The NHL's department of player safety didn't have to go far when levying some punishment stemming from Thursday night incidents. James Neal of the Pittsburgh Penguins and David Legwand of the Detroit Red Wings were each fined $5,000 for separate infractions in Thursday night's game between the two clubs.
Neal was tagged for cross-checking Luke Glendening in the head, while Legwand got billed for butt-ending Evgeni Malkin.
Here's a look at what Neal did:
What makes the Neal fine seem particularly is that he is a repeat offender, with a record of making illegal contact with an opponent's head. Neal was suspended for one game during the playoffs last season for charging. He received a five-game ban earlier this season for kneeing Brad Marchand in the head.
With that kind of track record, one would suspect Neal to get more than a slap on the wrist for his cross check to Glendening, who was not injured on the play. The Penguins winger did receive a penalty for cross-checking on the play.
This is the problem of suspending to the injury. Though the call on the ice was correct, dishing out a small fine for Neal fails to send a message that the NHL won't tolerate head contact. As the video above shows, Neal actually made contact with Glendening immediately before the incident in question. Neal also gave Glendening a tap before proceeding to cross check him in the head. Was there malice there? Sure seemed like it, which should have triggered at least a hearing. There was none.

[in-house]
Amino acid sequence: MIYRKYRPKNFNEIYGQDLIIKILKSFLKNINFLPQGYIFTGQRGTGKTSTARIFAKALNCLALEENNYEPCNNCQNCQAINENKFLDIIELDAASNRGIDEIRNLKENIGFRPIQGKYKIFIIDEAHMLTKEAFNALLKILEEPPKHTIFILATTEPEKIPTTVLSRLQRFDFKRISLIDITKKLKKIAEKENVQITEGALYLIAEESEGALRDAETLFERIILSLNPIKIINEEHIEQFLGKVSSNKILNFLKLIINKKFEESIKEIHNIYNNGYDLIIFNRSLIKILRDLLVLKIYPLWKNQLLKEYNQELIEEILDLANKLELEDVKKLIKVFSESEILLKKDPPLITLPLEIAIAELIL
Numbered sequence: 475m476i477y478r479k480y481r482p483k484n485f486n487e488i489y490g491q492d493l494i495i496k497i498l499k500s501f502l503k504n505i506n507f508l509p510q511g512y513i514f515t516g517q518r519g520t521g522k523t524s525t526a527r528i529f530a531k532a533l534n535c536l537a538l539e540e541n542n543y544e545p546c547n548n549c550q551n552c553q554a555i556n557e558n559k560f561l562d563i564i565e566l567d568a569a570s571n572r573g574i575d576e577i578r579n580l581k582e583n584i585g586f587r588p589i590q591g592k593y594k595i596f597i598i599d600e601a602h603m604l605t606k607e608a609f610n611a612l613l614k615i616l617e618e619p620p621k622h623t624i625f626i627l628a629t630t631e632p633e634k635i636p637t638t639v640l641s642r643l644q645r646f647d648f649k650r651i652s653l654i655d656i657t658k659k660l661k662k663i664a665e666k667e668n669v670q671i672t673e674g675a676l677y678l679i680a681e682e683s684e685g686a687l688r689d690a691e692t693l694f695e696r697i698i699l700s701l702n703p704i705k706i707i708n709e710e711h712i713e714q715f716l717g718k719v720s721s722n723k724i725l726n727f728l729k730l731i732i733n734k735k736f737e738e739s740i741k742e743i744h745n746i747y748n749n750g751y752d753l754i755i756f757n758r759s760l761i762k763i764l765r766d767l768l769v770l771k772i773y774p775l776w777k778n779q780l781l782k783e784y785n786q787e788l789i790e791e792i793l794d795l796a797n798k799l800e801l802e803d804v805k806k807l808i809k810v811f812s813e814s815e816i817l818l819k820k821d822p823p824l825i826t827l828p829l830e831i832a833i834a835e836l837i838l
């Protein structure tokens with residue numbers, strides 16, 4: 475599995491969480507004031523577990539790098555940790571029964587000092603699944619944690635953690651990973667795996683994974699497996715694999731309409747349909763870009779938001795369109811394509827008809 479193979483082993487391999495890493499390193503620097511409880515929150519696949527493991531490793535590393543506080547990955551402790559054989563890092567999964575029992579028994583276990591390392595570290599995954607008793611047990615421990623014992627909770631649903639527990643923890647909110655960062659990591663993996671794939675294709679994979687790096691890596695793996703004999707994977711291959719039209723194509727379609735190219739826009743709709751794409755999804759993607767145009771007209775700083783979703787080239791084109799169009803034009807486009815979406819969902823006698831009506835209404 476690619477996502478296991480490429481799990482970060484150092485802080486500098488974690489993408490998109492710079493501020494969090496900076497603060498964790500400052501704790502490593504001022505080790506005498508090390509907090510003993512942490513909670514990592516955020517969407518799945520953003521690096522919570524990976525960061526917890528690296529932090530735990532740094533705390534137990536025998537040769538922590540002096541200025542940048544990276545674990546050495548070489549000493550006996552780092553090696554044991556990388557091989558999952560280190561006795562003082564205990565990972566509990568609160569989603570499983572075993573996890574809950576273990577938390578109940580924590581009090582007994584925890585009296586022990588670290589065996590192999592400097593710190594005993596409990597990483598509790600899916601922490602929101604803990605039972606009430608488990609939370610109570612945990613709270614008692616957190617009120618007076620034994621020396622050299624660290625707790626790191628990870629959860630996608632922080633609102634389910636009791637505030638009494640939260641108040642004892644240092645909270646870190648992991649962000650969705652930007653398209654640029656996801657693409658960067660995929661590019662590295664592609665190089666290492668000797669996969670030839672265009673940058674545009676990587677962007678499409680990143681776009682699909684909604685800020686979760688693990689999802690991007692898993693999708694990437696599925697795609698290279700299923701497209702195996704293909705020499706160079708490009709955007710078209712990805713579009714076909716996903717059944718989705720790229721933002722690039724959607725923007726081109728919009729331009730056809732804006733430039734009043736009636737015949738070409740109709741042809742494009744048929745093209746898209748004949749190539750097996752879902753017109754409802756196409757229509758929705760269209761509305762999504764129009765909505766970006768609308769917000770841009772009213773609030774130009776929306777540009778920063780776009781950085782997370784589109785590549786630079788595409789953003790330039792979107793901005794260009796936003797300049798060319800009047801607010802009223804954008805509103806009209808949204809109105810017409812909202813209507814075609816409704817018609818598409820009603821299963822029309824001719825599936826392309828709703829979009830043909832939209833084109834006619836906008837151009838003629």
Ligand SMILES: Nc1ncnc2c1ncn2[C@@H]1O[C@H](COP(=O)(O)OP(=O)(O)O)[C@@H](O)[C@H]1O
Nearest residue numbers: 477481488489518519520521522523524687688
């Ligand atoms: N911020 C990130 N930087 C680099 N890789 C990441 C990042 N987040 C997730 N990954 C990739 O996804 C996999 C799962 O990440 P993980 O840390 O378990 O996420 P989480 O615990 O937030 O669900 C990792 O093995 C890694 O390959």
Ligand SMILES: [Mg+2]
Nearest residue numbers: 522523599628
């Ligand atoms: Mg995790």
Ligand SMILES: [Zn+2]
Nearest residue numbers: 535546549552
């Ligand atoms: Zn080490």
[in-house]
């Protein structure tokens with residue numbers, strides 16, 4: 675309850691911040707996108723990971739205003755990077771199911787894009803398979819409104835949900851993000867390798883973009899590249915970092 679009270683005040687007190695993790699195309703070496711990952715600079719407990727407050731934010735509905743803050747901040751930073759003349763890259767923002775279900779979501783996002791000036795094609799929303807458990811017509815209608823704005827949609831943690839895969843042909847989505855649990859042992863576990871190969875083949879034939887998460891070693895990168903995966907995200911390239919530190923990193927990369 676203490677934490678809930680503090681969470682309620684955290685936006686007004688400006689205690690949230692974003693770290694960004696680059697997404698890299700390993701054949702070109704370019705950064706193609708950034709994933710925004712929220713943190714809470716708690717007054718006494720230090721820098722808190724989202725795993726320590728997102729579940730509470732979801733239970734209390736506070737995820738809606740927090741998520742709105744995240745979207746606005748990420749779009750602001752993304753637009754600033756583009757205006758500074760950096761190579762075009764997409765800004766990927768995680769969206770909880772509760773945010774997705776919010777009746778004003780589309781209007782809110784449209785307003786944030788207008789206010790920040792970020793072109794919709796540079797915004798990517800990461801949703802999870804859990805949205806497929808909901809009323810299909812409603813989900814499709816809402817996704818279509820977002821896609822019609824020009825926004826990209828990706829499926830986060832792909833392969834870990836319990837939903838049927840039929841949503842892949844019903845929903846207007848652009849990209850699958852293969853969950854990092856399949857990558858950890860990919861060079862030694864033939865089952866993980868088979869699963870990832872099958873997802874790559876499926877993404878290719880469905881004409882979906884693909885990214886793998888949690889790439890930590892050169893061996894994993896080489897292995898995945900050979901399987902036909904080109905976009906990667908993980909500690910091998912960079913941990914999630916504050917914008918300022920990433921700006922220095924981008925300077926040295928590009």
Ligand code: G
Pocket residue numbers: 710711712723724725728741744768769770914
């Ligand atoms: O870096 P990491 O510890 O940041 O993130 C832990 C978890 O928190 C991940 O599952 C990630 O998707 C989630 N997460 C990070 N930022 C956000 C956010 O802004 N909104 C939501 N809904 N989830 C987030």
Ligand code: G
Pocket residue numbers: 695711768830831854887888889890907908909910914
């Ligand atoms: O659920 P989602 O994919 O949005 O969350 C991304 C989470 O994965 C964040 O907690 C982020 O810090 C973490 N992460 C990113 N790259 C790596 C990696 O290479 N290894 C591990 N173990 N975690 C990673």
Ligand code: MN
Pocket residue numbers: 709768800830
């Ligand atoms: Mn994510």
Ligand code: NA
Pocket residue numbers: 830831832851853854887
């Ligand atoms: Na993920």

Now, let's not let Legwand off the hook. Butt-ending is always a despicable act and worthy of a major and game misconduct. He also got Malkin in a rather sensitive area, which only makes matters worse.
The infraction came near the end of regulation and Legwand put his team in a real bind there. The Wings did hold on to win, however.
Considering the call was correct on the ice, the fine is a little less shocking in this instance as Legwand does not have a disciplinary history. It's still an incredibly dirty play and if the NHL wanted to give him an extra game for it, it wouldn't have been overly strict.
As the NHL's department of player safety continues to come under scrutiny for inconsistency, this latest disciplinary ruling is sure to add fuel to that fire.